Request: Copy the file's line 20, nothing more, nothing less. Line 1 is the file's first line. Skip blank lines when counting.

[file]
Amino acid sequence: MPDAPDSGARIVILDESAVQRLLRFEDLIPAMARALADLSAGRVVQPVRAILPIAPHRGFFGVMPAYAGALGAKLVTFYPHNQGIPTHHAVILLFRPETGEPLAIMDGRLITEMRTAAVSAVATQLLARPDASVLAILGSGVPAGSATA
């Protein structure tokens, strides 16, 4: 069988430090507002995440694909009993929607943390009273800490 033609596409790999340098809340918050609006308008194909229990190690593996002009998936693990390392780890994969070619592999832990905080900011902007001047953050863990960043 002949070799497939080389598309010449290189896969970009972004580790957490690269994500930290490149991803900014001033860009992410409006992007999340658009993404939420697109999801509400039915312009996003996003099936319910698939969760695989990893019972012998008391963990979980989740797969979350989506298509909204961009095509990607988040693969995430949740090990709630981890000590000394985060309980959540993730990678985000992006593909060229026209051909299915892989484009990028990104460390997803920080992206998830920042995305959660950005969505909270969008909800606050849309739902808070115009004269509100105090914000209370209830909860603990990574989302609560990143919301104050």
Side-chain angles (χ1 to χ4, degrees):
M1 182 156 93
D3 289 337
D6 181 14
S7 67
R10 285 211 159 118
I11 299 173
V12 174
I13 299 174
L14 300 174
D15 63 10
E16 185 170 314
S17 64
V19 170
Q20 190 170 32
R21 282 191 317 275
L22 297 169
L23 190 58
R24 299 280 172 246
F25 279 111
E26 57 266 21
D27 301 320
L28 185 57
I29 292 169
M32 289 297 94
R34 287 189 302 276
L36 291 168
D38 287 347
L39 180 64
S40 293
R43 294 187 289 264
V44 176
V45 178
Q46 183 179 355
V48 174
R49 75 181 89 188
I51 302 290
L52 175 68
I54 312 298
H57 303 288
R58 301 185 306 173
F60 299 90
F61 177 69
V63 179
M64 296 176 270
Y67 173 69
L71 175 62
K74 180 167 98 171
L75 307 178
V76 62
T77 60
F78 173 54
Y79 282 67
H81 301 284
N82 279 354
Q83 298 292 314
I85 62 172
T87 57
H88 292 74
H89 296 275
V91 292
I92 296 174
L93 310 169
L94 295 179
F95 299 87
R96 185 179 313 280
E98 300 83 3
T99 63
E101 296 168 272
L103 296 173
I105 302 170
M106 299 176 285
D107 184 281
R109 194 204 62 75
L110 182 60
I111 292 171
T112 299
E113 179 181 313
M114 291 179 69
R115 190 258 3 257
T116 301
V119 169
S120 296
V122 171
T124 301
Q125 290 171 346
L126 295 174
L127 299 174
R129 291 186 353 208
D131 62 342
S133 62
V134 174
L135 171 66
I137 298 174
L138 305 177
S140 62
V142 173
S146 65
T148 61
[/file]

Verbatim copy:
L23 190 58